Two back-to-back decisions by the Supreme Court in 2016 will fundamentally redefine the jurisdictional split.
Craig Roach and Vincent Musco are, respectively, president and managing director at Boston Pacific Company, a consulting firm specializing in the electricity and natural gas business. Dr. Roach was an expert witness in the Maryland case. This article is adapted, with permission, from Boston Pacific’s 2016 Looking Forward Report prepared for the Board of Directors of the Southwest Power Pool.
This year is shaping up to be historic for the long-standing debate over federal versus state jurisdiction in the electricity business. Specifically, two major cases have been taken up by the Supreme Court, with one decided in January and another in which oral arguments were heard in February - a decision in this second case is expected soon.
The first of these cases involved FERC's regulation of demand-side resources; we will call it the EPSA case. Put simply, lower courts had ruled that demand response bids could not be invited in wholesale markets regulated by FERC because demand response is a retail transaction and, therefore, regulated solely by the states.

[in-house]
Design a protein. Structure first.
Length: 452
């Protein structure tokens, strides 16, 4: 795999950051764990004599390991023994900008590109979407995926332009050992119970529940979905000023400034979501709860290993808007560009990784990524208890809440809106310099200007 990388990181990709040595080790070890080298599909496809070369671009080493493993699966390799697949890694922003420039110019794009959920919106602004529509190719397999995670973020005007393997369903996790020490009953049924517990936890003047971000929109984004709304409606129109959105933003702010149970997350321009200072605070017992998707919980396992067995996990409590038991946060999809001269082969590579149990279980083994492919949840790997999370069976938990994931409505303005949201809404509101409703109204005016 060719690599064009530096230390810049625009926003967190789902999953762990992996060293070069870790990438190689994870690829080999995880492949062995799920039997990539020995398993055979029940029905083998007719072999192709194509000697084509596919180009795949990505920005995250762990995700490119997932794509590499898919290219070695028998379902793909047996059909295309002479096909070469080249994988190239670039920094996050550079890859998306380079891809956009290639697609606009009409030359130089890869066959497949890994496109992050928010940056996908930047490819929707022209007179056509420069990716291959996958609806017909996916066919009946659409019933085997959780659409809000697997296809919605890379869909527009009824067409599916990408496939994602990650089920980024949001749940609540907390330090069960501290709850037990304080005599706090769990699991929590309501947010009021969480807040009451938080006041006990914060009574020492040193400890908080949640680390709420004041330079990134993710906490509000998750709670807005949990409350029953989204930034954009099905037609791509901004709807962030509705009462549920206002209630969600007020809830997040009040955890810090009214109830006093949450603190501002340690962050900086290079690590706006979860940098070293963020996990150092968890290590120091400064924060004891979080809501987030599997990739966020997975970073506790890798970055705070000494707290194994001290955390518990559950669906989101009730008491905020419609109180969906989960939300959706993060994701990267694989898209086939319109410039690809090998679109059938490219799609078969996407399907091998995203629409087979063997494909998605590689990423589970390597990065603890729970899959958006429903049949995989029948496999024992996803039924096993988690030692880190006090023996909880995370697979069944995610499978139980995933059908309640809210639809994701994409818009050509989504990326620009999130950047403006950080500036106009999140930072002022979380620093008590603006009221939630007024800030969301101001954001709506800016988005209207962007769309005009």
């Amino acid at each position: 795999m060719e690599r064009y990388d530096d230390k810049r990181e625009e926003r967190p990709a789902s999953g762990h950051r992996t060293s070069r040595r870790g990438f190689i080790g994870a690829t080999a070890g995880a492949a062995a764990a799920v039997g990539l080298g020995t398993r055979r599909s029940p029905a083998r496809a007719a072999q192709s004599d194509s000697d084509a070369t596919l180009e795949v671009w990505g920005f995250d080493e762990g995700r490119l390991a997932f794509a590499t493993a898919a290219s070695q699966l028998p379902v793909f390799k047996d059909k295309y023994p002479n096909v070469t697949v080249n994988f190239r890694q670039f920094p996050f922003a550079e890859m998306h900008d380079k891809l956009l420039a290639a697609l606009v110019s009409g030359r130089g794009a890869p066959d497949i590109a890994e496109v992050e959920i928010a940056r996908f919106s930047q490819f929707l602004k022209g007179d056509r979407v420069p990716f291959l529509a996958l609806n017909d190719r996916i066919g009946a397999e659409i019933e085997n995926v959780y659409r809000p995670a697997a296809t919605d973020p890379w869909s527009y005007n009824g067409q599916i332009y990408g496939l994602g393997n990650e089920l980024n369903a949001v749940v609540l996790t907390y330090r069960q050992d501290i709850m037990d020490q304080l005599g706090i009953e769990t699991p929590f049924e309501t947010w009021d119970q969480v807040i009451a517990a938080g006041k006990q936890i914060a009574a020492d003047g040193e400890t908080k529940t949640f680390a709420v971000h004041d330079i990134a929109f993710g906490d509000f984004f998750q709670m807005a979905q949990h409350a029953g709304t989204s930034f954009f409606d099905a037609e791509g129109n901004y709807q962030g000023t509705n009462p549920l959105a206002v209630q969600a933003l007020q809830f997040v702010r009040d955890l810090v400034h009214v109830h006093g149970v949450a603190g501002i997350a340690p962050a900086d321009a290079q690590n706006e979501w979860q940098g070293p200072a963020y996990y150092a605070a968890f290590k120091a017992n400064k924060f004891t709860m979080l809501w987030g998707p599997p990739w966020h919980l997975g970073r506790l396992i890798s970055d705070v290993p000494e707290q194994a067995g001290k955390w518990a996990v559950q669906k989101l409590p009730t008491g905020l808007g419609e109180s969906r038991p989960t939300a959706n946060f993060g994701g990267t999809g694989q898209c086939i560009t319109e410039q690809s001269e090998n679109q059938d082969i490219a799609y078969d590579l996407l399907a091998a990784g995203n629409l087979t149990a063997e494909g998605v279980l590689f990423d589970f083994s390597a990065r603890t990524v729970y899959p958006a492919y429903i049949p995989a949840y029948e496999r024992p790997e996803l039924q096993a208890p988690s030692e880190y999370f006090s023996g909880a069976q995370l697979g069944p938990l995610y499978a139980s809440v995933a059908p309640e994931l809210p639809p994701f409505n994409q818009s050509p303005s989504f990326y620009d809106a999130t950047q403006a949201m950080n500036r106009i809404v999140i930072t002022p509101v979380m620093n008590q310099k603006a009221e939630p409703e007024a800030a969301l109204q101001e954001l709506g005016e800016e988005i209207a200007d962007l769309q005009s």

Subsequently, the Supreme Court reversed the lower courts and found that demand response can be included in wholesale RTO markets and, in that circumstance, regulated by FERC. This removed the uncertainty regarding demand response participation in organized wholesale markets.
The second case will be referred to here as the Maryland case. Put simply, lower courts had ruled that Maryland, and also New Jersey, could not address long-term reliability concerns by conducting competitive procurements to induce the construction of new power plants in a geographic area of an RTO which had a capacity market. That is, the lower courts ruled that FERC-regulated RTO capacity markets preempted the states' traditional role in resource planning.